A jogger found the body of Kimberely Patricia Cope in the parking lot of a fast-food restaurant on Baxter Street about 6 a.m. on Dec. 27. Three friends spending time at Cope’s apartment, also located on Baxter Street, hadn’t seen Cope for at least three hours.
There were no visible signs of trauma, according to Athens-Clarke County Coroner Sonny Wilson. But the GBI performed an autopsy and the results are pending, he added.
A cause of death has not yet been determined, according to Natalie Ammons, the GBI’s deputy director of public affairs. The autopsy findings will be turned over to investigators in Athens.
“It will remain an open investigation until I get these results,” Wilson told Project Q Atlanta.
The Athens-Clarke County Police Department also continues to investigate Cope’s death, a spokesperson said Tuesday.
Friends told police they were across the street from Cope’s apartment when they noticed a white SUV arrive, according to an incident report. Someone inside the vehicle spoke to Cope but the friends did not see if she got inside the SUV.
“When they looked outside again, Kimberely was no longer in sight,” according to the incident report.
The friends saw Cope between 1 a.m. and 3 a.m. on Dec. 27. Her body was discovered about 6 a.m. The friends did not respond to an inquiry from Project Q.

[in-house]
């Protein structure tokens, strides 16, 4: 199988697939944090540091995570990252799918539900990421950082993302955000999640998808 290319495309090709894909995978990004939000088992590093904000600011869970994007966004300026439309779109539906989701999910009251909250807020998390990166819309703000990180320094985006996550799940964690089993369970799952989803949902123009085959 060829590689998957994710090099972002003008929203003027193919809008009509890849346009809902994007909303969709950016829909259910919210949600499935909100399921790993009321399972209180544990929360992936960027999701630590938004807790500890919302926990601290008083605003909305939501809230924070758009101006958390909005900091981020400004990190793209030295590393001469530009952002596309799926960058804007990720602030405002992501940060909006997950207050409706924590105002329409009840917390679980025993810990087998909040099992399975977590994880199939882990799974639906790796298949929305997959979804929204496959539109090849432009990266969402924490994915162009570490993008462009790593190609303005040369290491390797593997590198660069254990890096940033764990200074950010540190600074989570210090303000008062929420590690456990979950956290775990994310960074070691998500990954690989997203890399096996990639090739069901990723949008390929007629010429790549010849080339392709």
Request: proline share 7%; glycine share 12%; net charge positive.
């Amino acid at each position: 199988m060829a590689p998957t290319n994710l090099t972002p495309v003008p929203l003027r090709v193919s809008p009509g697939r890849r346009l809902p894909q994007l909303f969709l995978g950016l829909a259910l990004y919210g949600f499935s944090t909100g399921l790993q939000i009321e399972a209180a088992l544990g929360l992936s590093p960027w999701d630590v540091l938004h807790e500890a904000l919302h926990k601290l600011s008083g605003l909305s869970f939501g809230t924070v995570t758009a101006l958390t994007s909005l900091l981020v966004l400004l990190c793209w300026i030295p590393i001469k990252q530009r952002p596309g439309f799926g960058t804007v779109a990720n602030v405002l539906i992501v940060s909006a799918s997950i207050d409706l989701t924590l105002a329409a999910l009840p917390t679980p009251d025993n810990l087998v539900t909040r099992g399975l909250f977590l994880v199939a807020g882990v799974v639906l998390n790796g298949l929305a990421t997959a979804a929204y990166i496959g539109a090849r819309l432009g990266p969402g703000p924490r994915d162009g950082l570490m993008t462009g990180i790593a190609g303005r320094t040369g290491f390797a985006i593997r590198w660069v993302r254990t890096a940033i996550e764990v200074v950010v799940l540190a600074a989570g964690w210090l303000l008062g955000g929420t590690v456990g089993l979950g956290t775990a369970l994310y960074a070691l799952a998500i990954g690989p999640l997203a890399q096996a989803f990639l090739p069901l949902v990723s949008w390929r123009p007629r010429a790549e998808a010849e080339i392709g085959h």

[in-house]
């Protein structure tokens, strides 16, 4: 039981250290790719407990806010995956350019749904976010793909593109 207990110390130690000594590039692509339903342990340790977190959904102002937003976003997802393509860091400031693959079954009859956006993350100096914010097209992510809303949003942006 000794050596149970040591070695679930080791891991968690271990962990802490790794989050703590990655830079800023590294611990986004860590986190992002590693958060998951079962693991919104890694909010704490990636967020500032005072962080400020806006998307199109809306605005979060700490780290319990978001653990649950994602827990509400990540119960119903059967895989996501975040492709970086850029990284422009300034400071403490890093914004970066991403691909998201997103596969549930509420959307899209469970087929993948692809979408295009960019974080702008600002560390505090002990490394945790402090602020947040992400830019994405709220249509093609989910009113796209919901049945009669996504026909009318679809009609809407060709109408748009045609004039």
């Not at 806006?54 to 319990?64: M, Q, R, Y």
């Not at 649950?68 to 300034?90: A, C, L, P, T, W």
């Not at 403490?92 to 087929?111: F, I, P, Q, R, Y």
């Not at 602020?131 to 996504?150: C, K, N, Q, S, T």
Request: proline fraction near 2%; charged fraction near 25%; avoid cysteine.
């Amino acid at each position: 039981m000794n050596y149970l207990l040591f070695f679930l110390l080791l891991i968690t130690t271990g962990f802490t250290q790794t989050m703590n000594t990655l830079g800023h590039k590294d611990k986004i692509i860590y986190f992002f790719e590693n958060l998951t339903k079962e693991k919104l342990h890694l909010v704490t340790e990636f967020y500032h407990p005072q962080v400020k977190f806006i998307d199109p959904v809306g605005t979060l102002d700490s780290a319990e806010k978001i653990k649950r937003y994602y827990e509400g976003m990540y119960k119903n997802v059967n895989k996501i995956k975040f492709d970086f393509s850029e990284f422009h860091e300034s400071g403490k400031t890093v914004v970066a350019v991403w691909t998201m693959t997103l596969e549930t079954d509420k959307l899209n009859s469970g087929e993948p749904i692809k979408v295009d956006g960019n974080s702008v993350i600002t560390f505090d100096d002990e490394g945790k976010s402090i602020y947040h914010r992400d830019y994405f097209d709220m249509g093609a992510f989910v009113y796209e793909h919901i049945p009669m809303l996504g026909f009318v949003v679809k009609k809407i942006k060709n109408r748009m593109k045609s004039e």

A graveside service was held for Cope at Pine Acres Cemetery in McRae, Ga., on Jan. 2, according to her obituary.
Cope moved with family from Michigan, where she was born, to Commerce, Ga., in 2010. She loved pets and had a dog named Chance, according to her obituary.
“As an adult Kim came into her own by combining her talents and passions. She was a gifted make-up artist, a self-trained hair stylist, had an eye for presentation and an extraordinary sense of style. Kim would continue to enjoy and evolve that artistry throughout her life,” her obituary said.
The National Black Justice Coalition said it’s “holding out hope for some sense of justice” in Cope’s death.
“As we enter the New Year we should commit to concerted, communal efforts to ensure that Black trans and gender non-conforming lives are valued, supported and protected,” David Johns, NBJC’s executive director, said in a prepared statement. “Kimberely Patricia Cope should be celebrating new opportunities presented by this New Year with all of us.”
“Kimberely and her family deserve better. Our community deserves better,” Johns added.
If Cope was killed, she would be at least the 45th transgender or non-conforming person who died by violence in 2020 in the U.S., according to the Human Rights Campaign. Cope would also be at least the third transgender or gender non-conforming person killed in Georgia last year.
At least two transgender or gender non-conforming people have been killed in 2021, according to HRC.